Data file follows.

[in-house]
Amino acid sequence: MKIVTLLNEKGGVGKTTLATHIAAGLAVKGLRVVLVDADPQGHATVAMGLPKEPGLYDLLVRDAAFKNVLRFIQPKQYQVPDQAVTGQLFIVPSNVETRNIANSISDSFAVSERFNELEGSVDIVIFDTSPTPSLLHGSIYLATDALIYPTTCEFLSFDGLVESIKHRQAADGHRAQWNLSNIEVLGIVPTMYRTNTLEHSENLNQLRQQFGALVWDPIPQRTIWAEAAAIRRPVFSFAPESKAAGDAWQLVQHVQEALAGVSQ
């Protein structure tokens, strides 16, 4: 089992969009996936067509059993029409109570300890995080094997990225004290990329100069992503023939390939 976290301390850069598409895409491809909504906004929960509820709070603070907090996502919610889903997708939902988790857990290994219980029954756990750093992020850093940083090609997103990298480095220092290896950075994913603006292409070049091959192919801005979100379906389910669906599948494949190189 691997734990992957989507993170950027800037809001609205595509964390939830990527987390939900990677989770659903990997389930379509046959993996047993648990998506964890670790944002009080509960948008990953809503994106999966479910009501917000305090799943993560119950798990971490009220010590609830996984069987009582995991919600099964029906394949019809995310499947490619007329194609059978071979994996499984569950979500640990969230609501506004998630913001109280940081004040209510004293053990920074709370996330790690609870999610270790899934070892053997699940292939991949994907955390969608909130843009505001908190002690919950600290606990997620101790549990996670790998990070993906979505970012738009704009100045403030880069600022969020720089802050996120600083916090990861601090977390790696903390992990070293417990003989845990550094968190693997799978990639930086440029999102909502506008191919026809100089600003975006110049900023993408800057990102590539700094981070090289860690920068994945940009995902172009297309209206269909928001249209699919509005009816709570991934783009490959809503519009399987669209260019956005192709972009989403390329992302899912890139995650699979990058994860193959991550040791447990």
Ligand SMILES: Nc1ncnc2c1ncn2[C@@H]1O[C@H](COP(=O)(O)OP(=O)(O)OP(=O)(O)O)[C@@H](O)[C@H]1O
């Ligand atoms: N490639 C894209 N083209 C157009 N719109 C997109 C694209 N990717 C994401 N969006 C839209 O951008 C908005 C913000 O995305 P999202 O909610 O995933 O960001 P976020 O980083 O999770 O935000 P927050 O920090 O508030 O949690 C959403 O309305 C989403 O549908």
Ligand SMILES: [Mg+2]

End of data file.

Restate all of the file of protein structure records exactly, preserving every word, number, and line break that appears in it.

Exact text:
[in-house]
Amino acid sequence: MKIVTLLNEKGGVGKTTLATHIAAGLAVKGLRVVLVDADPQGHATVAMGLPKEPGLYDLLVRDAAFKNVLRFIQPKQYQVPDQAVTGQLFIVPSNVETRNIANSISDSFAVSERFNELEGSVDIVIFDTSPTPSLLHGSIYLATDALIYPTTCEFLSFDGLVESIKHRQAADGHRAQWNLSNIEVLGIVPTMYRTNTLEHSENLNQLRQQFGALVWDPIPQRTIWAEAAAIRRPVFSFAPESKAAGDAWQLVQHVQEALAGVSQ
């Protein structure tokens, strides 16, 4: 089992969009996936067509059993029409109570300890995080094997990225004290990329100069992503023939390939 976290301390850069598409895409491809909504906004929960509820709070603070907090996502919610889903997708939902988790857990290994219980029954756990750093992020850093940083090609997103990298480095220092290896950075994913603006292409070049091959192919801005979100379906389910669906599948494949190189 691997734990992957989507993170950027800037809001609205595509964390939830990527987390939900990677989770659903990997389930379509046959993996047993648990998506964890670790944002009080509960948008990953809503994106999966479910009501917000305090799943993560119950798990971490009220010590609830996984069987009582995991919600099964029906394949019809995310499947490619007329194609059978071979994996499984569950979500640990969230609501506004998630913001109280940081004040209510004293053990920074709370996330790690609870999610270790899934070892053997699940292939991949994907955390969608909130843009505001908190002690919950600290606990997620101790549990996670790998990070993906979505970012738009704009100045403030880069600022969020720089802050996120600083916090990861601090977390790696903390992990070293417990003989845990550094968190693997799978990639930086440029999102909502506008191919026809100089600003975006110049900023993408800057990102590539700094981070090289860690920068994945940009995902172009297309209206269909928001249209699919509005009816709570991934783009490959809503519009399987669209260019956005192709972009989403390329992302899912890139995650699979990058994860193959991550040791447990």
Ligand SMILES: Nc1ncnc2c1ncn2[C@@H]1O[C@H](COP(=O)(O)OP(=O)(O)OP(=O)(O)O)[C@@H](O)[C@H]1O
């Ligand atoms: N490639 C894209 N083209 C157009 N719109 C997109 C694209 N990717 C994401 N969006 C839209 O951008 C908005 C913000 O995305 P999202 O909610 O995933 O960001 P976020 O980083 O999770 O935000 P927050 O920090 O508030 O949690 C959403 O309305 C989403 O549908």
Ligand SMILES: [Mg+2]